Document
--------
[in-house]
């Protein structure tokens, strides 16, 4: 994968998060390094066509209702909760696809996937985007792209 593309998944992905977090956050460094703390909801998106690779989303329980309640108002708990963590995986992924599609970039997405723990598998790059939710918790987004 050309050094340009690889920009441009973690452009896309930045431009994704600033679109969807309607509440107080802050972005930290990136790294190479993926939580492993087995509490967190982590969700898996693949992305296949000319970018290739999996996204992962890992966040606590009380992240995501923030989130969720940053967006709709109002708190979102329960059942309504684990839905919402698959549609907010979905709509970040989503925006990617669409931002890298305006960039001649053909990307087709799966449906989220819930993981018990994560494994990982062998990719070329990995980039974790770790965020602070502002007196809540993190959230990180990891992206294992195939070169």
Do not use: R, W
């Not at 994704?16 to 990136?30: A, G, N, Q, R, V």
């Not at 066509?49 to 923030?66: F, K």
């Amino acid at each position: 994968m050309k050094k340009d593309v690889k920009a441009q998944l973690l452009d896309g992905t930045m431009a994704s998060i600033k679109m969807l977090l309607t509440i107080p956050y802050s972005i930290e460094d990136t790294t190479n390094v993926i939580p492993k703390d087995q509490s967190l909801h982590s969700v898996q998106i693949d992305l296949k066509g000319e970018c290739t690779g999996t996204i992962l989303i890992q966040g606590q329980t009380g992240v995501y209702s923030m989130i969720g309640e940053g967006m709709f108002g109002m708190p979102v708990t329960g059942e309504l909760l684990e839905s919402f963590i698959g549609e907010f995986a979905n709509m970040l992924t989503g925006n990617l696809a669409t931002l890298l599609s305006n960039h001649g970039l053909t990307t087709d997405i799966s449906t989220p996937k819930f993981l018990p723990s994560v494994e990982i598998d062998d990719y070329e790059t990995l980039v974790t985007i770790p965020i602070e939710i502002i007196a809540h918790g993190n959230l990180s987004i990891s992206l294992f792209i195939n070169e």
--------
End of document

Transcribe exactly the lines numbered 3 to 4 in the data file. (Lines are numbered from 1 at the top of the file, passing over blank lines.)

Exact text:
Do not use: R, W
């Not at 994704?16 to 990136?30: A, G, N, Q, R, V």